This study sought to replicate the findings from an earlier experimental evaluation of a probation officer training program.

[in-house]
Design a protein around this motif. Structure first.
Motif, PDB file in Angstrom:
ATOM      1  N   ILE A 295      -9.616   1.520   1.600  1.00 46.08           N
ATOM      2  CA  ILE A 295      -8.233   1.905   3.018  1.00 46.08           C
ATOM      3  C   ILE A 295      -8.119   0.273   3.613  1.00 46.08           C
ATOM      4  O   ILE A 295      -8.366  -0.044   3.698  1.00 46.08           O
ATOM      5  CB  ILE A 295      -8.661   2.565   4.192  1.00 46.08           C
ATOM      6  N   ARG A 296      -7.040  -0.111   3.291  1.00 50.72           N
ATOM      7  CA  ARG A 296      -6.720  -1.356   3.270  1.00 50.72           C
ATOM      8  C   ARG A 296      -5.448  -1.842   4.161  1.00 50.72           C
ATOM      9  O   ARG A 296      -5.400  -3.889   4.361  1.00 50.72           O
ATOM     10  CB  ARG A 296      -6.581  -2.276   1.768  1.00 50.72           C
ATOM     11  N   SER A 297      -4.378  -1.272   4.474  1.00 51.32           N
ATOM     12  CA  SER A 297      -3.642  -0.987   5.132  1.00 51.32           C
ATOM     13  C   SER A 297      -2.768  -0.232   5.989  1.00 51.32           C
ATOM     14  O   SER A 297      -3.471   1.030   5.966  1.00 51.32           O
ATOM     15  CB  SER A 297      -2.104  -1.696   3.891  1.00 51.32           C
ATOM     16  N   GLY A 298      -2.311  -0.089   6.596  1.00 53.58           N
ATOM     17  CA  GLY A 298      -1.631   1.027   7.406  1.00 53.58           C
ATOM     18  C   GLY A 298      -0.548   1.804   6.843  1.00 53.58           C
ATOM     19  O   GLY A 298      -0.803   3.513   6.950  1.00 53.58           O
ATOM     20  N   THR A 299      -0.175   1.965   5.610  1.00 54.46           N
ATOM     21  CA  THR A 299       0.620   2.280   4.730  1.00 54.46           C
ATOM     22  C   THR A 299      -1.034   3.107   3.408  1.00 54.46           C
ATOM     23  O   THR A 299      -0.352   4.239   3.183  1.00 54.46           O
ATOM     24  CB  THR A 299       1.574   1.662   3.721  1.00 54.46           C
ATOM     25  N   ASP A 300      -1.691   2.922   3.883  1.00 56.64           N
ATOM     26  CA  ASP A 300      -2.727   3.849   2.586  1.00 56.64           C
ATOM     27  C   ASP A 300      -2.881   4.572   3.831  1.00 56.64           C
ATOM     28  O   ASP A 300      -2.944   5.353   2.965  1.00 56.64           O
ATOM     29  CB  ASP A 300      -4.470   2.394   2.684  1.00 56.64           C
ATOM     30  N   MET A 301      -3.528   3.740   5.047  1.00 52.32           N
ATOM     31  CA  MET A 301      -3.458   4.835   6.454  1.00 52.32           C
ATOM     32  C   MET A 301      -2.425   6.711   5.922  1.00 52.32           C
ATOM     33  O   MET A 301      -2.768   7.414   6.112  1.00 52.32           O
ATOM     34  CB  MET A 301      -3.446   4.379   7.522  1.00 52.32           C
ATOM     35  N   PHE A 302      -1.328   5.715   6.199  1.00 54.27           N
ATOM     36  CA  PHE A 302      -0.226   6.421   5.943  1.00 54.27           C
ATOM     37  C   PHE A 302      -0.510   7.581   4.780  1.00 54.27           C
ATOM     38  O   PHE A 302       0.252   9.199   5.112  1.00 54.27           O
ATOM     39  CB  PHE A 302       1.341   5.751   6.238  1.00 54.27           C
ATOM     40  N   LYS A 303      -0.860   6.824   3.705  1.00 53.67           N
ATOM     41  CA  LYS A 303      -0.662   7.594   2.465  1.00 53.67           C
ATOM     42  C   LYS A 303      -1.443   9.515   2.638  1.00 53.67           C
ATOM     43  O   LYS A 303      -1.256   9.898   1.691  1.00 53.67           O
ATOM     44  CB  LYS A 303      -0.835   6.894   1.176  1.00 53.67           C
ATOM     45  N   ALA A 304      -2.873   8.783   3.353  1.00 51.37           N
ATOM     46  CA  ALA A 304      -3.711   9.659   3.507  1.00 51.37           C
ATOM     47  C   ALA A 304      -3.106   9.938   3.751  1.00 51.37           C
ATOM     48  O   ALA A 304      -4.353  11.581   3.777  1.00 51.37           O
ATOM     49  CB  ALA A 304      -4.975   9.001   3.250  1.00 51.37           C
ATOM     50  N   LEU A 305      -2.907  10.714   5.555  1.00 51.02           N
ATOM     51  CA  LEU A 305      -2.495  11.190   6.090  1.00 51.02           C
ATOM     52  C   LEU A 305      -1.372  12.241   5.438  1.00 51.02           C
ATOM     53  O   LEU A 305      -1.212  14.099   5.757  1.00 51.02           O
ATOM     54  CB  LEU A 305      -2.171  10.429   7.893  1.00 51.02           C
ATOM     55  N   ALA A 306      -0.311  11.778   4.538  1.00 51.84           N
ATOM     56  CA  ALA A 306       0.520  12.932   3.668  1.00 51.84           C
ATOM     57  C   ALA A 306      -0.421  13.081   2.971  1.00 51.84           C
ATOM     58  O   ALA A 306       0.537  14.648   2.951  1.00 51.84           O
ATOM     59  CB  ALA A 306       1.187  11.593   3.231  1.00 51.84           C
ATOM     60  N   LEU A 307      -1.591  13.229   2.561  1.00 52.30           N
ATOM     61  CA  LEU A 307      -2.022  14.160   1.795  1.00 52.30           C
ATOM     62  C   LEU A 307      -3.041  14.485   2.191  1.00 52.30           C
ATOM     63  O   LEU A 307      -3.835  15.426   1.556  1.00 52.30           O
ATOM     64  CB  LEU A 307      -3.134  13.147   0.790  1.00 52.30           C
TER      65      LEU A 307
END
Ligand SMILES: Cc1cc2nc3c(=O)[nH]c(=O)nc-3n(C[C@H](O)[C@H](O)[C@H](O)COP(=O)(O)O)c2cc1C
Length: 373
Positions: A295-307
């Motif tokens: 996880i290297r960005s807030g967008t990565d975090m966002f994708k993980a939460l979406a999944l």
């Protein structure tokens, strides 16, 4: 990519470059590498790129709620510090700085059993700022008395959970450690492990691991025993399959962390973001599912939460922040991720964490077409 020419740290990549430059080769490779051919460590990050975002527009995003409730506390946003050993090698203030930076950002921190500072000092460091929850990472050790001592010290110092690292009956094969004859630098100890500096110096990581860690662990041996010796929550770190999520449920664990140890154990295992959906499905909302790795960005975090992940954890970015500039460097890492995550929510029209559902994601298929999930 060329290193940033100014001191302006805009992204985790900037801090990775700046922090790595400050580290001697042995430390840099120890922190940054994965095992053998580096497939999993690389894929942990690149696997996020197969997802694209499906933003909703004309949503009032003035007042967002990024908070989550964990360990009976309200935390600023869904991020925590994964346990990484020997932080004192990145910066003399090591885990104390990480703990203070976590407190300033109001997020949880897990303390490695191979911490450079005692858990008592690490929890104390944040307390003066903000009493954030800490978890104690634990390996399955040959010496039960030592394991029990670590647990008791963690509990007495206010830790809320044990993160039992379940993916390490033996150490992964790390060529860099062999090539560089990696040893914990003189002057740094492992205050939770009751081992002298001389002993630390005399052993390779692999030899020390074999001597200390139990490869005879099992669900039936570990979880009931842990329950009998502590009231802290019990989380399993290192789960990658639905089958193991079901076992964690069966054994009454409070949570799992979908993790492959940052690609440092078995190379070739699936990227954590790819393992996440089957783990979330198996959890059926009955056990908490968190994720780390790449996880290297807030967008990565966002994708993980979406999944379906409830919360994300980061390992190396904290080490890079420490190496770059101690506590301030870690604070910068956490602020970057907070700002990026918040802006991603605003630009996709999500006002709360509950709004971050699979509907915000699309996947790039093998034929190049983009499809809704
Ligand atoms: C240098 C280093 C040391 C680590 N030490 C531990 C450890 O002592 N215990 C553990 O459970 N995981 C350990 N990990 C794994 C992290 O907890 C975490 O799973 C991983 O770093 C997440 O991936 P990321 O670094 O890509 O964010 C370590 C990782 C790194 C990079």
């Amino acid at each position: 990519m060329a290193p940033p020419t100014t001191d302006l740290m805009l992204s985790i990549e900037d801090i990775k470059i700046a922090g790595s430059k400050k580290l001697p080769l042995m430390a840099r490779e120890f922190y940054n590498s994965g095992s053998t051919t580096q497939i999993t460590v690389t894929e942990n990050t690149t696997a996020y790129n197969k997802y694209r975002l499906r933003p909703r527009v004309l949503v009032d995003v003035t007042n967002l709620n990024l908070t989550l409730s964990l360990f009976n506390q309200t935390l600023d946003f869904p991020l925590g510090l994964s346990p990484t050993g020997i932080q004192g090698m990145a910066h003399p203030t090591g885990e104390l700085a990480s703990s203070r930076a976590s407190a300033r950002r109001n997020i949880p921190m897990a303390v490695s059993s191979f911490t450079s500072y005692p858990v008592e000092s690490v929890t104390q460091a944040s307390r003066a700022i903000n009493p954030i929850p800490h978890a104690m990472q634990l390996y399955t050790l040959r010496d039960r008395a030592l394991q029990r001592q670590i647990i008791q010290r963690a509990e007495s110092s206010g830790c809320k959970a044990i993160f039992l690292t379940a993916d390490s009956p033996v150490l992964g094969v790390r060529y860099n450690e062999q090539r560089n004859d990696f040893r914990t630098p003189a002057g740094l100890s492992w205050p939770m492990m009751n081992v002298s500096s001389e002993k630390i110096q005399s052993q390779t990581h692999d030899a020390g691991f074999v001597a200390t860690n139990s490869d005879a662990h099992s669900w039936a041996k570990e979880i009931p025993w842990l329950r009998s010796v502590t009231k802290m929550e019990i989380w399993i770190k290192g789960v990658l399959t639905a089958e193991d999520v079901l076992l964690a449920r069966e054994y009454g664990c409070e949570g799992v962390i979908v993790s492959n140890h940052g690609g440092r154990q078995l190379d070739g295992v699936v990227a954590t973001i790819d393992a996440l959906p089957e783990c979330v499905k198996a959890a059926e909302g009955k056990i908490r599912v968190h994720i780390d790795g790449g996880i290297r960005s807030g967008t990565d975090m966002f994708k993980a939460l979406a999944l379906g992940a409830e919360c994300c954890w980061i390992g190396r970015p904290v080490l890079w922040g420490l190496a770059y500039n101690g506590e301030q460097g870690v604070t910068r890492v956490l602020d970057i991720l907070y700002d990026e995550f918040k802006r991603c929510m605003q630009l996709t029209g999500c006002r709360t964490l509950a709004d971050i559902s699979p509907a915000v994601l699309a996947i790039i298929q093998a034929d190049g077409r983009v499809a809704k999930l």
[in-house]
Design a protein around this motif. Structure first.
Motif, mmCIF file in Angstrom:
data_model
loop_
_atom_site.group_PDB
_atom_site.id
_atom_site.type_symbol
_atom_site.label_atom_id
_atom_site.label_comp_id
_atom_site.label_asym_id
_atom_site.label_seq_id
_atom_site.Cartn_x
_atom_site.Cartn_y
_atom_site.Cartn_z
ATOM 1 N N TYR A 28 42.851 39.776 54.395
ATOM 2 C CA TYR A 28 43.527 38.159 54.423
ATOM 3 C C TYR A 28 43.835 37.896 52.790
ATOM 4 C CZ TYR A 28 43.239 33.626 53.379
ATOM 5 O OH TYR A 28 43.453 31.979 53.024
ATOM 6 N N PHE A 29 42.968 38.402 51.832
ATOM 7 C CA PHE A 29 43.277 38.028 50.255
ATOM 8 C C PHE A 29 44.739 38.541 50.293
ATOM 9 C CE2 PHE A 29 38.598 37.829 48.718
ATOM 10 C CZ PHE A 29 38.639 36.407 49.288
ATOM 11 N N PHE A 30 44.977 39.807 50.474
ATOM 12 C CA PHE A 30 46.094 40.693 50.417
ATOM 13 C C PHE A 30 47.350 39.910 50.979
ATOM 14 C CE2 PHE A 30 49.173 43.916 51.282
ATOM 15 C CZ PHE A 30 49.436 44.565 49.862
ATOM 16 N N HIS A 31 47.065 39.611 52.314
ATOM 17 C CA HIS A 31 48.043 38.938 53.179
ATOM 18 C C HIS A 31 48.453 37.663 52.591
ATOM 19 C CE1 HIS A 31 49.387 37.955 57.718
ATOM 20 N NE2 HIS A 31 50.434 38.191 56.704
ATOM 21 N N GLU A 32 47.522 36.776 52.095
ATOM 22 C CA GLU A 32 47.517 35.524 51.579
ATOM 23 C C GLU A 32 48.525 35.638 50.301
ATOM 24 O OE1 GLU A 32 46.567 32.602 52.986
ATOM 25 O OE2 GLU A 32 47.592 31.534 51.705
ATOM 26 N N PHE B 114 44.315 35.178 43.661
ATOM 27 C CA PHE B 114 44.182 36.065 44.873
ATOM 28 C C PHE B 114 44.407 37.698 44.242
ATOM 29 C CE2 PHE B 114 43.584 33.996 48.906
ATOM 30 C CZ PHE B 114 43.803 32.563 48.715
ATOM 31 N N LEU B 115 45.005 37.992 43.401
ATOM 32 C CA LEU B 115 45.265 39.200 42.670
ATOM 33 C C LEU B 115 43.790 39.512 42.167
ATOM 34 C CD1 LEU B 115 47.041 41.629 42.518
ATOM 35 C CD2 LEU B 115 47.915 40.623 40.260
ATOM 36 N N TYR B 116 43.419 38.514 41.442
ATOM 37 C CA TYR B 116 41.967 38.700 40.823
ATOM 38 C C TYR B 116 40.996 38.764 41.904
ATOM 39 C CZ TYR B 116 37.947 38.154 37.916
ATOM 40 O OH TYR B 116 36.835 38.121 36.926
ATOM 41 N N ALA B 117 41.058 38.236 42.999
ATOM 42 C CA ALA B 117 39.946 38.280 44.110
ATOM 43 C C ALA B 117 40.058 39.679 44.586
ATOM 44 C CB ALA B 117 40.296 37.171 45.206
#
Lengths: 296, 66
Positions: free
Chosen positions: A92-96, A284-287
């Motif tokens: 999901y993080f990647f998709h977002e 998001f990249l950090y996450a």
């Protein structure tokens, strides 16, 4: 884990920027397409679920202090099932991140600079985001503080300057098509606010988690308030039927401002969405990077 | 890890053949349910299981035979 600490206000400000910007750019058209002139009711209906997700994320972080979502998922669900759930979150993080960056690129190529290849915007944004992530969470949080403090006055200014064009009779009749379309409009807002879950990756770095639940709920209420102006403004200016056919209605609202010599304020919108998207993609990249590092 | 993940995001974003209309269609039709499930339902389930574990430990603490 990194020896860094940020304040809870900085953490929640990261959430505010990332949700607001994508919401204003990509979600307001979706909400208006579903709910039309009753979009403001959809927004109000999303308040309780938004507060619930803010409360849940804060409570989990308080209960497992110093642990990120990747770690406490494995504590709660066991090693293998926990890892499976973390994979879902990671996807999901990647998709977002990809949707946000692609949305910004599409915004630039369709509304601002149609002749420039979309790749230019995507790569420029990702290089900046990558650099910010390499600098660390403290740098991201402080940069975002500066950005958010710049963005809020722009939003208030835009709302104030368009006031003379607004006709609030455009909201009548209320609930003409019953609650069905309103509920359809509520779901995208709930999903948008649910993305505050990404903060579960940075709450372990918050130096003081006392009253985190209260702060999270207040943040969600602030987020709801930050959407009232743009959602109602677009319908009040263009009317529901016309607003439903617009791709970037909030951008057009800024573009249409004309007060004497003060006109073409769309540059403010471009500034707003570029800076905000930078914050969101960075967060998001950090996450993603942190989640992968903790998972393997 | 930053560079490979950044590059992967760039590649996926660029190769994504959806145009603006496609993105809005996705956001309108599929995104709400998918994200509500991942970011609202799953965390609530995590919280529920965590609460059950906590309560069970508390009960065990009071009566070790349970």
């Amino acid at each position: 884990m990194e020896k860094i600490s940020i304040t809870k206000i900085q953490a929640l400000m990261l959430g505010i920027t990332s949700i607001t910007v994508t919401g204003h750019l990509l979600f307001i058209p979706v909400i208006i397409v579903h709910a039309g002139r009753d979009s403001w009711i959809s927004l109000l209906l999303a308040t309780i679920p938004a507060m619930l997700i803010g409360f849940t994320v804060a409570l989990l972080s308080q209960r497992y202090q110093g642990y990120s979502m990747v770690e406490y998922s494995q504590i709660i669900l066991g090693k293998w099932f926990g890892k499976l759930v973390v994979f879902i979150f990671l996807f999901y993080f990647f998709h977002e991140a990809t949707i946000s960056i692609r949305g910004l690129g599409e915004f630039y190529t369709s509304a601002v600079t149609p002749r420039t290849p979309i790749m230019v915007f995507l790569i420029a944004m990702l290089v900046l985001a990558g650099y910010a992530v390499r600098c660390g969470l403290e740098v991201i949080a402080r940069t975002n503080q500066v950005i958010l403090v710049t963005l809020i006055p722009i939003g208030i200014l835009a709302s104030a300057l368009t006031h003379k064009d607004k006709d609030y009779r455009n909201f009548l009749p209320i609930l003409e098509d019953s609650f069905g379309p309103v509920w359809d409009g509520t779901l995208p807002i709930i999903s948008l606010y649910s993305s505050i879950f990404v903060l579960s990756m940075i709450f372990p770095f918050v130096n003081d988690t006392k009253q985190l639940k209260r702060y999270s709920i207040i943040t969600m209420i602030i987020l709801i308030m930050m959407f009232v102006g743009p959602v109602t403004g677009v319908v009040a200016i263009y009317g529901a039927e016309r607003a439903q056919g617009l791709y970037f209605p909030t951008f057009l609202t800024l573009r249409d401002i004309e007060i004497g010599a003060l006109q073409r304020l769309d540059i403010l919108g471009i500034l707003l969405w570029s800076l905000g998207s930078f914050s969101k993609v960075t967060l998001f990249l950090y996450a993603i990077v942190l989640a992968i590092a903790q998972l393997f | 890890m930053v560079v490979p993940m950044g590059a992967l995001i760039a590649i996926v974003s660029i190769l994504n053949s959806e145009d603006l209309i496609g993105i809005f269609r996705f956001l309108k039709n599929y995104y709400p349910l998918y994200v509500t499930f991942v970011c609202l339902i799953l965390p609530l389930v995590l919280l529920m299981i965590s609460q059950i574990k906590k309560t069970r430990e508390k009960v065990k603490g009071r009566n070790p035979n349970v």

An experimental design was used with an improvement in the random assignment of clients and was tested with a sample of probation officers from a new jurisdiction. An experimental design was used with an improvement in the random assignment of clients and was tested with a sample of probation officers from a new jurisdiction. Probation officers from the Canadian province of Alberta were randomly assigned to training or probation-as-usual. Officer behavior was measured by audio recordings of supervision sessions and recidivism was defined as a new conviction within 2 years of the initial recording. Attrition resulted in 27 probation officers submitting audio recordings of supervision sessions over a 6-month period (15 in the experimental group and 12 in the control). There were 160 recordings of 81 probationers submitted. The audio recordings showed inconsistent changes in officer behavior and no differences in recidivism between the clients of the experimental and control probation officers. However, the use of cognitive techniques by the probation officers was associated with a longer time to recidivism. In addition, by 10 months, more than half of the trained officers stopped their involvement in ongoing professional development activities. Although the study failed to replicate the major findings reported by Bonta et al., it did highlight the importance of cognitive techniques in officer training. The results are interpreted with respect to the replication literature and the difficulties inherent in direct and conceptual replications especially in real-world settings. (Published abstract provided)